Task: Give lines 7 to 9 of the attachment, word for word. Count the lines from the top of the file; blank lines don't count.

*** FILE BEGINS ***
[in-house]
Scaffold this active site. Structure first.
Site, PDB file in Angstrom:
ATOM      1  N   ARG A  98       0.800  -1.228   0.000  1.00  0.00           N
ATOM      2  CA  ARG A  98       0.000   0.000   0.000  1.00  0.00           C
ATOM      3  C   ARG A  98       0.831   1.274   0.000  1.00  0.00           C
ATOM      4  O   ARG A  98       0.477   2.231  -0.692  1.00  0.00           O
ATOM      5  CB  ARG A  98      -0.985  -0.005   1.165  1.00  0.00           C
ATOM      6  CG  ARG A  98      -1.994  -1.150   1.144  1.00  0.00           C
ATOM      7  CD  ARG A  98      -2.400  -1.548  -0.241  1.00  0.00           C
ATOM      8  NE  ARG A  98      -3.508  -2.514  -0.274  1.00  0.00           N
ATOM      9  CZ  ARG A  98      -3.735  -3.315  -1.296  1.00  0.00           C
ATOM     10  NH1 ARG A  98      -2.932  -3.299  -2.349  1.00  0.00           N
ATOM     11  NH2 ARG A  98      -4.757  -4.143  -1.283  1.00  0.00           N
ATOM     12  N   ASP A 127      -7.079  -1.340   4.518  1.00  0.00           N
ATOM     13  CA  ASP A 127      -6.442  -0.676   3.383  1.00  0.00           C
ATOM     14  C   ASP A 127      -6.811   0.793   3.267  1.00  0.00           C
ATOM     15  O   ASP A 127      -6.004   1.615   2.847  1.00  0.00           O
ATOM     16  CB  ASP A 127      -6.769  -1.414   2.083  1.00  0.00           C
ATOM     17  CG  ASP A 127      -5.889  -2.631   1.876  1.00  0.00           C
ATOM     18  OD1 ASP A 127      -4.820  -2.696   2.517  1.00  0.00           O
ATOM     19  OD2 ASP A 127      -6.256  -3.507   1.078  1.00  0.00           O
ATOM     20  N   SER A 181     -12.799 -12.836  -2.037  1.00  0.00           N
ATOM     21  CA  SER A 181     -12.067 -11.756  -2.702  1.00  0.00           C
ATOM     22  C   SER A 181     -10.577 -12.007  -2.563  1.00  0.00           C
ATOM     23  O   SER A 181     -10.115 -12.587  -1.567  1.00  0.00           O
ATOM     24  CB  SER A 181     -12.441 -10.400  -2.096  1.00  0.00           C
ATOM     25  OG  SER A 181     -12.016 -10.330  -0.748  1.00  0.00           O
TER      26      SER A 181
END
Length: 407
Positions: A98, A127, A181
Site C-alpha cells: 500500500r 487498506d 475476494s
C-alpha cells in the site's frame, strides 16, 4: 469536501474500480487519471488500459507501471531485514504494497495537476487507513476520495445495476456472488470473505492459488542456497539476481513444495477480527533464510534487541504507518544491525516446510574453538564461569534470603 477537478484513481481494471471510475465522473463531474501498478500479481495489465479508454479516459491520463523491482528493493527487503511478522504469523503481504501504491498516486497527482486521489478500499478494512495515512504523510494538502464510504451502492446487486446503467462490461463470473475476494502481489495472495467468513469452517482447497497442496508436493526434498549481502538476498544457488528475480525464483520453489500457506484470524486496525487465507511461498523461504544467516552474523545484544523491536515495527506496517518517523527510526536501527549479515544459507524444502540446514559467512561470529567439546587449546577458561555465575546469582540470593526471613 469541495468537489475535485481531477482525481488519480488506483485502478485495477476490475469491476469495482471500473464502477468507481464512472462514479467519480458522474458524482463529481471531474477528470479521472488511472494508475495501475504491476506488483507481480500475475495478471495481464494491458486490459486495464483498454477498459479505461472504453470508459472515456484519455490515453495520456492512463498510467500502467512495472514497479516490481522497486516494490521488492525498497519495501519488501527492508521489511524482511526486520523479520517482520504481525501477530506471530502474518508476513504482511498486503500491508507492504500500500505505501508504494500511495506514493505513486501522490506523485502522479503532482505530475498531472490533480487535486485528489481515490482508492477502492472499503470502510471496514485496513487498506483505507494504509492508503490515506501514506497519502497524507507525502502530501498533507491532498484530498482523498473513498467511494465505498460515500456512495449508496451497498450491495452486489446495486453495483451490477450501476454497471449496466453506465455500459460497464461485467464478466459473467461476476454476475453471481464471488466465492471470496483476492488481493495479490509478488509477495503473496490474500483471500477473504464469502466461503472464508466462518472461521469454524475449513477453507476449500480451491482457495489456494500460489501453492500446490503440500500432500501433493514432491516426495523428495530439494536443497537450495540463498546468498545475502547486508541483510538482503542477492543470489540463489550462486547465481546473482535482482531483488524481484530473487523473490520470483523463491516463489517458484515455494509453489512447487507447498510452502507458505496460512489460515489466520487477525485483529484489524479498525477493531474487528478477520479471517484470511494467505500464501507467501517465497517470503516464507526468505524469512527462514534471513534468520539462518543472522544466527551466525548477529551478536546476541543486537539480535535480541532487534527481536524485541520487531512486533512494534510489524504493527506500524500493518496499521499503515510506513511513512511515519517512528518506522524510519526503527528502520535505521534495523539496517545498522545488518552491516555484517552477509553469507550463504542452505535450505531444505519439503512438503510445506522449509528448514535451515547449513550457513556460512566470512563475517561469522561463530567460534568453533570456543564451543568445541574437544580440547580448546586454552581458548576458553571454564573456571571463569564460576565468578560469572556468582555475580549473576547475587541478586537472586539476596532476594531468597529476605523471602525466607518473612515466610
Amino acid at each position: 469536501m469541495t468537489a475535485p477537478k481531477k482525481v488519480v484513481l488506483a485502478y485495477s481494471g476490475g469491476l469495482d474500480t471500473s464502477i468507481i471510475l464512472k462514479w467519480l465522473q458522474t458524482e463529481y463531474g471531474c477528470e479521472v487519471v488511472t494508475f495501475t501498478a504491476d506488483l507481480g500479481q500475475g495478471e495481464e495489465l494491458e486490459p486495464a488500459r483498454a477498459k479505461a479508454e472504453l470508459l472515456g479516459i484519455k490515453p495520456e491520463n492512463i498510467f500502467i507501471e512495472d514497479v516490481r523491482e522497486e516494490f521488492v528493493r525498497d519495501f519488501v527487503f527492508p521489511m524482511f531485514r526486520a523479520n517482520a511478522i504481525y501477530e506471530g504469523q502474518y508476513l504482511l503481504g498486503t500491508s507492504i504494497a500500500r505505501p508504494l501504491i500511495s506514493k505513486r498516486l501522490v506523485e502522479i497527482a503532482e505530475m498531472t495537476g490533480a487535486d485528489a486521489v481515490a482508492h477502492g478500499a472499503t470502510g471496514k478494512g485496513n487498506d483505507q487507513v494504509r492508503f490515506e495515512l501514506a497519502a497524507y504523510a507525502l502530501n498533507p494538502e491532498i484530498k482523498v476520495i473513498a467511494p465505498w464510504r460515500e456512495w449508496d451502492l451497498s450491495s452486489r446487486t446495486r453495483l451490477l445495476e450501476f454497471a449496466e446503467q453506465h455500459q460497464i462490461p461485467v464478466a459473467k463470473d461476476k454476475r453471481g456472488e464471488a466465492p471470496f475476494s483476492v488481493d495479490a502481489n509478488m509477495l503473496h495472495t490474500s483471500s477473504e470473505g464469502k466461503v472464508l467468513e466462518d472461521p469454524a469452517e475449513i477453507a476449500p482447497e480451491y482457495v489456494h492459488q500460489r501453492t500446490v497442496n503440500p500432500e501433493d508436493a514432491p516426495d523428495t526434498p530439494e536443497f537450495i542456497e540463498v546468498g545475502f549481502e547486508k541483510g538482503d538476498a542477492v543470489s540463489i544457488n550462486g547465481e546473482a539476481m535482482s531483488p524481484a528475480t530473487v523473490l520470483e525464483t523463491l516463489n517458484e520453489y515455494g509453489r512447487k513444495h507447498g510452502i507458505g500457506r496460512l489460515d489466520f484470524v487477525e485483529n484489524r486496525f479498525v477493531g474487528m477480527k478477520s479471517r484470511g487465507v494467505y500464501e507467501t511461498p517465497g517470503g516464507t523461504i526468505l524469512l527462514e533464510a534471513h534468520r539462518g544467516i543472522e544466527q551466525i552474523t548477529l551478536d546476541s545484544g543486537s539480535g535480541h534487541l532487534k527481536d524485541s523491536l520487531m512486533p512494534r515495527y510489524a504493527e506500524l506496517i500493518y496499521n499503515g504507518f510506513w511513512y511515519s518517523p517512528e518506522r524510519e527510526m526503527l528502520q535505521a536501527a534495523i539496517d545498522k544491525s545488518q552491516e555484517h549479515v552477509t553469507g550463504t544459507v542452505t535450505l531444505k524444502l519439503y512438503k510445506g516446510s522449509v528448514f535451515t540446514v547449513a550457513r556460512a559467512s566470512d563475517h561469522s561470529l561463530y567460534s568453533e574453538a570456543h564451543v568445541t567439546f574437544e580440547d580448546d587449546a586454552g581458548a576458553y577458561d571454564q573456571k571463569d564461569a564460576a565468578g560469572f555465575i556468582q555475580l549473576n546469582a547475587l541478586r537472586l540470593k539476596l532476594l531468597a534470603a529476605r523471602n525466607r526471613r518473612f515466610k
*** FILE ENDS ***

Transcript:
ATOM      4  O   ARG A  98       0.477   2.231  -0.692  1.00  0.00           O
ATOM      5  CB  ARG A  98      -0.985  -0.005   1.165  1.00  0.00           C
ATOM      6  CG  ARG A  98      -1.994  -1.150   1.144  1.00  0.00           C